advertisement

Follow Mint Lounge

Latest Issue

| Log In / Register

Home > Smart Living> Environment > World could see more conflict as natural resources deplete

World could see more conflict as natural resources deplete

A report by the Institute for Economics and Peace says food insecurity, natural disasters are stoking conflict. Climate change could make things worse

The Schuylkill River exceeds its bank in the Manayunk section of Philadelphia, Thursday, Sept. 2, 2021 in the aftermath of downpours and high winds from the remnants of Hurricane Ida that hit the area.
The Schuylkill River exceeds its bank in the Manayunk section of Philadelphia, Thursday, Sept. 2, 2021 in the aftermath of downpours and high winds from the remnants of Hurricane Ida that hit the area. (AP)

Madrid, Reuters: A vicious cycle linking the depletion of natural resources with violent conflict may have gone past the point of no return in parts of the world and is likely to be exacerbated by climate change, a report released on Thursday said.

Food insecurity, lack of water and the impact of natural disasters, combined with high population growth, are stoking conflict and displacing people in vulnerable areas, the Institute for Economics and Peace (IEP) think-tank said.

MORE FROM THIS SECTION

view all

Also read: Global coral reef cover has declined by half since 1950s

IEP uses data from the United Nations and other sources to predict the countries and regions most at risk in its "Ecological Threat Register".

Serge Stroobants, IEP director for Europe, the Middle East and North Africa said the report identified 30 "hotspot" countries - home to 1.26 billion people - as facing most risks. This is based on three criteria relating to scarcity of resources, and five focusing on disasters including floods, droughts and rising temperatures.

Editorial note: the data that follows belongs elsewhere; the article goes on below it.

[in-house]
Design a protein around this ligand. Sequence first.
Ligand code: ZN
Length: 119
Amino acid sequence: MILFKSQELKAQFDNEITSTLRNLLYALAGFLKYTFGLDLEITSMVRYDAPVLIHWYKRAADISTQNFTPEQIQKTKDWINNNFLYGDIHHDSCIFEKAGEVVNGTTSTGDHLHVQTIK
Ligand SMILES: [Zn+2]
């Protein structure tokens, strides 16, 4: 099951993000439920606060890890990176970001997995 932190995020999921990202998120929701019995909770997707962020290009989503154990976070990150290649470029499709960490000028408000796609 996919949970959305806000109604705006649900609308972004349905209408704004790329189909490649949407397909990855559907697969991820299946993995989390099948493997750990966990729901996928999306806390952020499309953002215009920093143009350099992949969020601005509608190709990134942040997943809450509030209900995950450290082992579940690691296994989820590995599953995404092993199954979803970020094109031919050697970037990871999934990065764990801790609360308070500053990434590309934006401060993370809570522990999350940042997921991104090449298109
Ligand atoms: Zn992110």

advertisement

advertisement

FILE - In this Thursday, Aug. 12, 2021 file photo, paramilitary police work to evacuate people trapped in a flooded area in Suizhou in central China's Hubei Province.
FILE - In this Thursday, Aug. 12, 2021 file photo, paramilitary police work to evacuate people trapped in a flooded area in Suizhou in central China's Hubei Province. (AP)

"We don't even need climate change to see potential system collapse, just the impact of those eight ecological threats can lead to this - of course climate change is reinforcing it," Stroobants said.

Afghanistan gets the worst score on the report, which says its ongoing conflict has damaged its ability to cope with risks to water and food supplies, climate change, and alternating floods and droughts. Conflict in turn leads to further resource degradation, according to the findings of the report.

Six seminars including governments, military institutions and development groups last year returned the message that "it is unlikely that the international community will reverse the vicious cycles in some parts of the world", the Institute for Economics and Peace said.

MORE FROM THIS SECTION

view all

advertisement

advertisement

This is particularly the case in the Sahel and the Horn of Africa, which has seen more and worsening conflicts over the last decade, it said. "With tensions already escalating, it can only be expected that climate change will have an amplifying effect on many of these issues," the report said.

Also read: Why Greta Thunberg is right to be angry

Next Story

advertisement